[CSSWG] Public Review Issue #184 on UTS37 - Unicode Ideographic Variation Database

For the record, the following was sent on 25 July 2011 by the CSSWG to Unicode
as an official public review comment.

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This comment is being sent officially on behalf of the W3C CSS Working Group
with respect to Public Review Issue 184:
on the topic of the proposed updates to Unicode Technical Standard #37:

Overall, we are very happy with the direction the edits to UTS37 are taking.
However, we don't believe they go far enough. The draft states:

    # If there are sequences that correspond to the same glyphic subset, it
    # becomes a burden for implementers, which can make a collection less
    # likely to be implemented. As a result, in an effort to minimize the
    # number of sequences that correspond to the same glyphic subset,
    # registrants are strongly encouraged to share sequences where sequences
    # in a submission are similar to those in an existing collection. As part
    # of the registration process, the registrar will encourage the sharing
    # of sequences. The sharing of sequences across collections requires
    # mutual agreement of the registrants for the affected collections.

Having multiple representations for the exact same text is not just a burden for
implementations, but an obstacle to interoperability. Neither plain text nor fonts
can be reliably exchanged among systems if some of them implement one set of IVS
mappings for a particular glyph and others implement another. Such a closed-system
approach is counter to the goals of Unicode and breaks down with real negative
consequences for users on an open system such as the Web.

To mitigate this problem, we would like the draft to state that sequences *must* be
shared where the glyphic subsets are known to be identical. Specifically, if the
registrant cannot explain (in prose) how the new glyph being registered differs
from all existing variants in the database, it should not be possible to register
a new IVS. Note that we are not suggesting that any judgement be made as to the
significance of the differences, only that a difference can be objectively described.

Furthermore, this prose should be a required part of the variant's registration.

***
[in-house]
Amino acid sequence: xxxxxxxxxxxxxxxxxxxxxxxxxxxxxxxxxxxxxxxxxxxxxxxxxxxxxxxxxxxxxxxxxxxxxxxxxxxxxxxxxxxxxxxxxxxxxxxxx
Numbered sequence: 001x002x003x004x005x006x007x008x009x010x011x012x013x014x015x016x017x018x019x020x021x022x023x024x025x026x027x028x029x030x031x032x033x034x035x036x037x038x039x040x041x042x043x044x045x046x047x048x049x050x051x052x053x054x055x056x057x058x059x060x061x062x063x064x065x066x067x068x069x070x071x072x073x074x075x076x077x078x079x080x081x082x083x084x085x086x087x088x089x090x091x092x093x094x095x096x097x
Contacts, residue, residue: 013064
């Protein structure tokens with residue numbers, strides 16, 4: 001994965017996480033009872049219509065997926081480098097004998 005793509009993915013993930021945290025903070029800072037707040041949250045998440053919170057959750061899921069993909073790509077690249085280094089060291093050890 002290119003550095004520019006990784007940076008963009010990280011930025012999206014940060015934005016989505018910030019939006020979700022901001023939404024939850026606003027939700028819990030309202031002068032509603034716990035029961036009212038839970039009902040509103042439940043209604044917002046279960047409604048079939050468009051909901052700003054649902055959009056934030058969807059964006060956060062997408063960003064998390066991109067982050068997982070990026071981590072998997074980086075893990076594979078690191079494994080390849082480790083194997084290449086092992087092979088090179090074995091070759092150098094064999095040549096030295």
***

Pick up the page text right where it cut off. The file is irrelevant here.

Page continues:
Requiring this explanation in the database will not only prevent duplicates but
also help font designers understand which variations among glyph outlines in
the database are significant and which are merely stylistic (due to the typeface
of the submitted representative glyph). Since many of the significant differences
are subtle, these differences can escape notice; and incidental differences can
be mistaken for significant ones. So only with explicit information can font
designers be expected to accurately and correctly represent the glyphic variations
intended by the registrants.

We also suggest that Unicode take responsibility for creating and maintaining a
mapping table for all existing codepoint representations of the same glyph.
Requiring each individual font vendor to come up with its own mapping table,
using its own interpretation of which glyphs should be identical, is a recipe
for non-interoperability. Such an equivalency table should be standardized, and
as such should be the responsibility of the Unicode Consortium to maintain.

Lastly we request that a single, canonical IVS registration be made available
for each glyphic subset represented in the CJK Compatibility Ideographs and
the appropriate mappings added to the duplicate-glyph mapping table. This will
allow migration from the normalization-sensitive compatibility ideographs to
the normalization-stable IVS solution and make the deprecation and eventual
obsolescence of the compatibility ideographs a practical reality.

Thank you for your consideration,

Elika J. Etemad
Invited Expert
W3C CSS Working Group

Received on Thursday, 28 July 2011 00:47:44 UTC